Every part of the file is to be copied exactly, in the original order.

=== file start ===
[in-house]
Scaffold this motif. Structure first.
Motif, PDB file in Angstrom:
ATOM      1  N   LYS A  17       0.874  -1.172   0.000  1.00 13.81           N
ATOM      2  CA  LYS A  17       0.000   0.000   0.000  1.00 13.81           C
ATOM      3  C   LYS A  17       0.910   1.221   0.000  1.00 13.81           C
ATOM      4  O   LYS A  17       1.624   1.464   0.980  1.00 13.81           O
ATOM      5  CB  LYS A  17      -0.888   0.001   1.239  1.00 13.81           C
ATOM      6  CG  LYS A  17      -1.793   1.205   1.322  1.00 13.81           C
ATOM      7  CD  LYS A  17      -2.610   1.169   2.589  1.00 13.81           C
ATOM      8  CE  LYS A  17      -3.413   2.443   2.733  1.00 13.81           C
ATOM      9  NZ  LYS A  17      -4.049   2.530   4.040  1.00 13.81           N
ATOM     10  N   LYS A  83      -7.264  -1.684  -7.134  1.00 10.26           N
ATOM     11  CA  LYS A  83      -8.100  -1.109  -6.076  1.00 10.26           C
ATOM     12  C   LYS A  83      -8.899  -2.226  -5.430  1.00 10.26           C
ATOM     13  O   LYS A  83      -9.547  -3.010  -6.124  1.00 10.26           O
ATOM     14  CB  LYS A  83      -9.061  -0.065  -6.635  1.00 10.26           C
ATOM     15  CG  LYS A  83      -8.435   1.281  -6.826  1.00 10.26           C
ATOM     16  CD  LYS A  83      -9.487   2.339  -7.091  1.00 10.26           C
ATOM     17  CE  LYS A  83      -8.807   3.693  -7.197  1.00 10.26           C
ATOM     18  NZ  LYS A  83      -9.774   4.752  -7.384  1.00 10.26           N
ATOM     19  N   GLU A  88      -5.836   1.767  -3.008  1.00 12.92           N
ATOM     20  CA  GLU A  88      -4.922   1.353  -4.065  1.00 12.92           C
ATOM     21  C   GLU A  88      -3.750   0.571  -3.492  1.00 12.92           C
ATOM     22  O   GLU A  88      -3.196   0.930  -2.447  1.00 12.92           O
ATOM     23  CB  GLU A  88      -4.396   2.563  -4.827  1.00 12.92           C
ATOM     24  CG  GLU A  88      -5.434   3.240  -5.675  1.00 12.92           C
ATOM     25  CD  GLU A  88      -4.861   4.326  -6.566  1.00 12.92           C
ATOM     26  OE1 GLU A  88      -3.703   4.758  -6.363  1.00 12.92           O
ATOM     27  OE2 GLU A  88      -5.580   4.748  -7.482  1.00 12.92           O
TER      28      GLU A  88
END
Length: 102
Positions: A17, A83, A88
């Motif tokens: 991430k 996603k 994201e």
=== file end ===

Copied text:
[in-house]
Scaffold this motif. Structure first.
Motif, PDB file in Angstrom:
ATOM      1  N   LYS A  17       0.874  -1.172   0.000  1.00 13.81           N
ATOM      2  CA  LYS A  17       0.000   0.000   0.000  1.00 13.81           C
ATOM      3  C   LYS A  17       0.910   1.221   0.000  1.00 13.81           C
ATOM      4  O   LYS A  17       1.624   1.464   0.980  1.00 13.81           O
ATOM      5  CB  LYS A  17      -0.888   0.001   1.239  1.00 13.81           C
ATOM      6  CG  LYS A  17      -1.793   1.205   1.322  1.00 13.81           C
ATOM      7  CD  LYS A  17      -2.610   1.169   2.589  1.00 13.81           C
ATOM      8  CE  LYS A  17      -3.413   2.443   2.733  1.00 13.81           C
ATOM      9  NZ  LYS A  17      -4.049   2.530   4.040  1.00 13.81           N
ATOM     10  N   LYS A  83      -7.264  -1.684  -7.134  1.00 10.26           N
ATOM     11  CA  LYS A  83      -8.100  -1.109  -6.076  1.00 10.26           C
ATOM     12  C   LYS A  83      -8.899  -2.226  -5.430  1.00 10.26           C
ATOM     13  O   LYS A  83      -9.547  -3.010  -6.124  1.00 10.26           O
ATOM     14  CB  LYS A  83      -9.061  -0.065  -6.635  1.00 10.26           C
ATOM     15  CG  LYS A  83      -8.435   1.281  -6.826  1.00 10.26           C
ATOM     16  CD  LYS A  83      -9.487   2.339  -7.091  1.00 10.26           C
ATOM     17  CE  LYS A  83      -8.807   3.693  -7.197  1.00 10.26           C
ATOM     18  NZ  LYS A  83      -9.774   4.752  -7.384  1.00 10.26           N
ATOM     19  N   GLU A  88      -5.836   1.767  -3.008  1.00 12.92           N
ATOM     20  CA  GLU A  88      -4.922   1.353  -4.065  1.00 12.92           C
ATOM     21  C   GLU A  88      -3.750   0.571  -3.492  1.00 12.92           C
ATOM     22  O   GLU A  88      -3.196   0.930  -2.447  1.00 12.92           O
ATOM     23  CB  GLU A  88      -4.396   2.563  -4.827  1.00 12.92           C
ATOM     24  CG  GLU A  88      -5.434   3.240  -5.675  1.00 12.92           C
ATOM     25  CD  GLU A  88      -4.861   4.326  -6.566  1.00 12.92           C
ATOM     26  OE1 GLU A  88      -3.703   4.758  -6.363  1.00 12.92           O
ATOM     27  OE2 GLU A  88      -5.580   4.748  -7.482  1.00 12.92           O
TER      28      GLU A  88
END
Length: 102
Positions: A17, A83, A88
């Motif tokens: 991430k 996603k 994201e």